Weather wreaks havoc on World Series

PHILADELPHIA – Pulling on their last World Series breath, watching their brilliant season circle the dugout drain with expectorated sunflower shells and Skoal drool, and falling obediently to postseason force Cole Hamels, the Tampa Bay Rays had a single hope:


Skies had to open. Gods had to roar. Pitching staffs had to be blown into confusion. Third base had to become lake-front property.

The Philadelphia Phillies had to be knocked off what had been a downhill run since the series moved north. And not just the Phillies. The whole series.

Something, you know, apocalyptic.

Then Evan Longoria and Carlos Pena got hits in the same inning.

And that wasn't even it.

It rolled in on winds cold and sure. It rose up over Citizens Bank Park, over the neon Liberty Bell, over giddy, expectant fans covered in red hoodies and trash bags.

Dressed in swirling curtains of rain, cloaked in a howling northwest breeze, it stopped the World Series at 80 minutes before midnight, the middle of the sixth inning, Game 5.


Instead of a party 28 years coming, we have the open-ended rain delay, with more rain forecast Tuesday and Wednesday. They're even talking snow Wednesday.

It probably won't bother the Phillies. It probably won't hurt them.

But, the havoc was absolutely necessary for the Rays. They stood in their clubhouse late Monday night and they weren't yet losers. They weren't winners. But, hey, it's all about survival now, pushing the season along hour by hour, inning by inning, fluke by fluke.

So instead of baseball, they got Bud Selig holding up a rule book he had no intention of honoring. Had the Phillies led 2-1 (as they had with two out in the top of the sixth) when the umpires summoned the groundskeeper, they'd have finished the game anyway on some other night. The rule book would have awarded the game to the team that led.

Instead of Hamels for another 30 or 40 pitches – he'd thrown 75 when everybody was shooed from the field and the stands, they get the Phillies' bullpen. That's no treat, but it's not Hamels, either. Indeed, the Rays benefited in the sixth, when the weather left Hamels with nothing but his fastball. Pena hit a fastball into left field, and it scored B.J. Upton from second base.

“I had no chance to throw the curve, it was really off,” Hamels said. “I threw the changeup in warm-ups and had no command of it. The last thing I wanted was to hang one and have somebody hit it into the seats.”

The Rays' own starter – Scott Kazmir – had knocked off an inning earlier anyway, after 103 pitches. They were already into their bullpen.

Funny, but Rays manager Joe Maddon had talked before the game about this two-game deficit, about playing on the edge of the offseason. He'd watched his ballclub bat .187 for four games, seen his No. 3 and 4 hitters take four-game oh-fers. He'd had his pitching implode the night before.

“Right now we're just off our game a bit for these first couple of games of this series,” he'd said. “But I'm here to tell you, man, if we just get that field rolling, all of a sudden you're going to see guys all over the bases, and you're going to see ball going over the wall. It's there. It's within us. I've talked to Carlos [Pena] about it briefly, too. We need that one moment to switch the momentum. You've got to push that rock in the other direction. It's within us to do that. It's about the momentum. It's in their favor right now. Somehow we've got to have that one moment that shifts it in our direction, and we can't relent at that point. And I believe that.”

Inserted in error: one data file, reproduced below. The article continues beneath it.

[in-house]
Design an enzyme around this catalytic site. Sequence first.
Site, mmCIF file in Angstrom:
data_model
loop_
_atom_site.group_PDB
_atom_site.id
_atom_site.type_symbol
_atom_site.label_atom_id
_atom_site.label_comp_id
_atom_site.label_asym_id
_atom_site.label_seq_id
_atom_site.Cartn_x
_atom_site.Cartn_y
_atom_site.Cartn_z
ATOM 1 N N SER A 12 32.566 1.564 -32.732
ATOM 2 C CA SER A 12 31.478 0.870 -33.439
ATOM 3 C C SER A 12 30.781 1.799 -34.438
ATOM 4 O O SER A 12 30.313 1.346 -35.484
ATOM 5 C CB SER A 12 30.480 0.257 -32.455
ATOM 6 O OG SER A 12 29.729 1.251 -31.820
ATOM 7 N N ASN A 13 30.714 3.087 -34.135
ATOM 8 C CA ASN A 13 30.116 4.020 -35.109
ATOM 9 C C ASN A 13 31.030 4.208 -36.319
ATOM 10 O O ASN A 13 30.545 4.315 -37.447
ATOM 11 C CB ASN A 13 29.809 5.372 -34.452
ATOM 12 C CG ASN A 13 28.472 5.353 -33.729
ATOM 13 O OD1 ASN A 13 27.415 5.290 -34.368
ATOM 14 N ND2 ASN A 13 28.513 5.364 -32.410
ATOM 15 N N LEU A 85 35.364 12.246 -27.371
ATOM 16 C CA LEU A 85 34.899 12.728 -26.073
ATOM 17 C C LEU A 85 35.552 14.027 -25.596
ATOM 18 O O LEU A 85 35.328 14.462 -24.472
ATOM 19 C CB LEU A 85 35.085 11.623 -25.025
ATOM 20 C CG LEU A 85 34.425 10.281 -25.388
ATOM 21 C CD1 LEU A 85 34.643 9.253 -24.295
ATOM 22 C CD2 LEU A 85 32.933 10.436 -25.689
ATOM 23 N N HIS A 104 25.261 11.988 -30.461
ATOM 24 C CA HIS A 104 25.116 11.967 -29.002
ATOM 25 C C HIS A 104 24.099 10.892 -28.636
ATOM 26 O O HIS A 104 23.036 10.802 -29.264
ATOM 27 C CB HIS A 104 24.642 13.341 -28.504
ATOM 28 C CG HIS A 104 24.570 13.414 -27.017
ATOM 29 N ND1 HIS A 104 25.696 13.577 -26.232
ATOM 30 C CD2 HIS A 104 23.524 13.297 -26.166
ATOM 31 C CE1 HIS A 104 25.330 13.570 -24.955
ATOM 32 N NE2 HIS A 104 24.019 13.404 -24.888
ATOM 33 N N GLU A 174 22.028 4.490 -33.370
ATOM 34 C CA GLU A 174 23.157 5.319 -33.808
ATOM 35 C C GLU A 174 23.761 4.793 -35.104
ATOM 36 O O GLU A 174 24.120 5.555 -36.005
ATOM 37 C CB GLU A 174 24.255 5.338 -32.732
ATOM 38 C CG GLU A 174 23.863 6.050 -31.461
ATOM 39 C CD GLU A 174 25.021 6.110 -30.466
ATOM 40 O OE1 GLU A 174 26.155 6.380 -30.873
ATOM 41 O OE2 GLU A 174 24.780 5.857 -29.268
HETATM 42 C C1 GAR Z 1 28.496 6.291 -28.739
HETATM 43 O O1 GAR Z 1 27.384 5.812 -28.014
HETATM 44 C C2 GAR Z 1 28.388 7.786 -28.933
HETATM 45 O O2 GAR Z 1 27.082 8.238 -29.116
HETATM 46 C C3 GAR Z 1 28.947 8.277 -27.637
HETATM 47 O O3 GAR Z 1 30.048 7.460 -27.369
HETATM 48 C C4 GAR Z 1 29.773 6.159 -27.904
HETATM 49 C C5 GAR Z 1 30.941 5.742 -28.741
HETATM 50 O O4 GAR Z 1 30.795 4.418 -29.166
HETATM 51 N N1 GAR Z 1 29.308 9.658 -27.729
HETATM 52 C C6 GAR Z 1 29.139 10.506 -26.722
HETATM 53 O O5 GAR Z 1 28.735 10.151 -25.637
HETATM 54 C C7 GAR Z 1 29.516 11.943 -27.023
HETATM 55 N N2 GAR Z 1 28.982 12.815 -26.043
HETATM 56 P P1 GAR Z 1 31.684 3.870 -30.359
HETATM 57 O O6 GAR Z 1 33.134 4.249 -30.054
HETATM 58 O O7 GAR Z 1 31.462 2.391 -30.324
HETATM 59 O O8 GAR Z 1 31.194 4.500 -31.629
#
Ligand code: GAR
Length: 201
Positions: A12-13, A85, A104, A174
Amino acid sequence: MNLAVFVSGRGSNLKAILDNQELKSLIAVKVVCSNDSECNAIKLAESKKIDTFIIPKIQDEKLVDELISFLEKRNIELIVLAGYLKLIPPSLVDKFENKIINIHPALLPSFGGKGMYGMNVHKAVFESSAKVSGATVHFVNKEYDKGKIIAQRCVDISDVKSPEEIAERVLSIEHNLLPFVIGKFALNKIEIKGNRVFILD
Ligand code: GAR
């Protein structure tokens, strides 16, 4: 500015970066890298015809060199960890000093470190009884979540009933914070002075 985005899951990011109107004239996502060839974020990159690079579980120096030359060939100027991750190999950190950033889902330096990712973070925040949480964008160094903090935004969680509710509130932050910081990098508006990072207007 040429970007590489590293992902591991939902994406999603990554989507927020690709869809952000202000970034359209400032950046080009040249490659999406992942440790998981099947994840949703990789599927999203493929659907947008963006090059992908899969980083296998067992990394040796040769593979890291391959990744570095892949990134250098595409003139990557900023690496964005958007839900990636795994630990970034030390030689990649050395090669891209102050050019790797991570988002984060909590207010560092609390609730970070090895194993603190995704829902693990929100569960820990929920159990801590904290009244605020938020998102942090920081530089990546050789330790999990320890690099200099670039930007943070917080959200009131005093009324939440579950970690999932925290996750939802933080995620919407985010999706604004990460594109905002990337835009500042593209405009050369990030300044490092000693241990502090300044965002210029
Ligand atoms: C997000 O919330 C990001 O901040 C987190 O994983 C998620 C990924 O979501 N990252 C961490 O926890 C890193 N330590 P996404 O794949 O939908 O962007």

Six hours later, reminded in his clubhouse of those words, Maddon grinned. The moment had come, sure enough, just as he'd hoped.

“It wasn't the big home run,” he said. “It wasn't the big pitch or the big hit. It was the weather.”

He laughed at the goofiness of it.

Where it goes from here, well, havoc has no timetable. Maybe Grant Balfour will pitch the bottom of the sixth for the Rays since he ended the fifth. The Phillies pitcher in the seventh is to be determined. Some night soon, they'll open the gates and line the field and let all the people in and play a few innings, maybe to decide a World Series champion. Meantime, the Rays had to move to Delaware for rooms; they'd checked out of their Philadelphia hotel Monday afternoon.

“No, it's not conventional,” Rays reliever Trever Miller said. “But this team is not conventional. Those amazing Rays. We weren't supposed to beat the Yankees. We weren't supposed to beat the Red Sox.”

And they're still no closer to beating the Phillies.

But, Miller said, “We're comfortable with unconventional.”

Rays pitching coach Jim Hickey wandered past. Dabs of shaving cream clung to his face. He raised his eyebrows.

“Still alive,” he said.

It's the bare minimum, of course. It's all they had, of course.

“Just another twist to a beautiful story,” said Pena, who doubled and scored in the fourth inning before delivering the single for the Rays' run in the sixth. “The story keeps getting better. We want to extend this to the end. We're having too much fun.

“It feels great to know there's still life. We still have a heartbeat.”

It's not much. But it's what they have. A lot of hope. And a little havoc.